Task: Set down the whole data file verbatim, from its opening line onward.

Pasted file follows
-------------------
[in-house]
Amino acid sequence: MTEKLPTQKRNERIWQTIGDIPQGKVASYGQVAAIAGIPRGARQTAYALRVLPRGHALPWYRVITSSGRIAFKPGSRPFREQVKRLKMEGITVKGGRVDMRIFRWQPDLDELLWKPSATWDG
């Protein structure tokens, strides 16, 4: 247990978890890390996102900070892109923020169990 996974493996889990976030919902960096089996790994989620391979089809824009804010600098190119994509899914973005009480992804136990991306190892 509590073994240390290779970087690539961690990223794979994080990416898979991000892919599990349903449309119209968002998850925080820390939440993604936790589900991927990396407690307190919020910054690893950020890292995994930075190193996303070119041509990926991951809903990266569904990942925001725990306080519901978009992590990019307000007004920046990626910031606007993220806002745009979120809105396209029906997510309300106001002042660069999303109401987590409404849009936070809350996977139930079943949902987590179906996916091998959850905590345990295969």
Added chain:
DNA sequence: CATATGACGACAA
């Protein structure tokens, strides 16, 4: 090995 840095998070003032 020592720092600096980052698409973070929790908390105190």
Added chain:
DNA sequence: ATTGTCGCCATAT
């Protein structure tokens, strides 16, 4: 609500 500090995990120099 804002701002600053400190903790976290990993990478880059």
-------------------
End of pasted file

[in-house]
Amino acid sequence: MTEKLPTQKRNERIWQTIGDIPQGKVASYGQVAAIAGIPRGARQTAYALRVLPRGHALPWYRVITSSGRIAFKPGSRPFREQVKRLKMEGITVKGGRVDMRIFRWQPDLDELLWKPSATWDG
């Protein structure tokens, strides 16, 4: 247990978890890390996102900070892109923020169990 996974493996889990976030919902960096089996790994989620391979089809824009804010600098190119994509899914973005009480992804136990991306190892 509590073994240390290779970087690539961690990223794979994080990416898979991000892919599990349903449309119209968002998850925080820390939440993604936790589900991927990396407690307190919020910054690893950020890292995994930075190193996303070119041509990926991951809903990266569904990942925001725990306080519901978009992590990019307000007004920046990626910031606007993220806002745009979120809105396209029906997510309300106001002042660069999303109401987590409404849009936070809350996977139930079943949902987590179906996916091998959850905590345990295969």
Added chain:
DNA sequence: CATATGACGACAA
């Protein structure tokens, strides 16, 4: 090995 840095998070003032 020592720092600096980052698409973070929790908390105190």
Added chain:
DNA sequence: ATTGTCGCCATAT
């Protein structure tokens, strides 16, 4: 609500 500090995990120099 804002701002600053400190903790976290990993990478880059």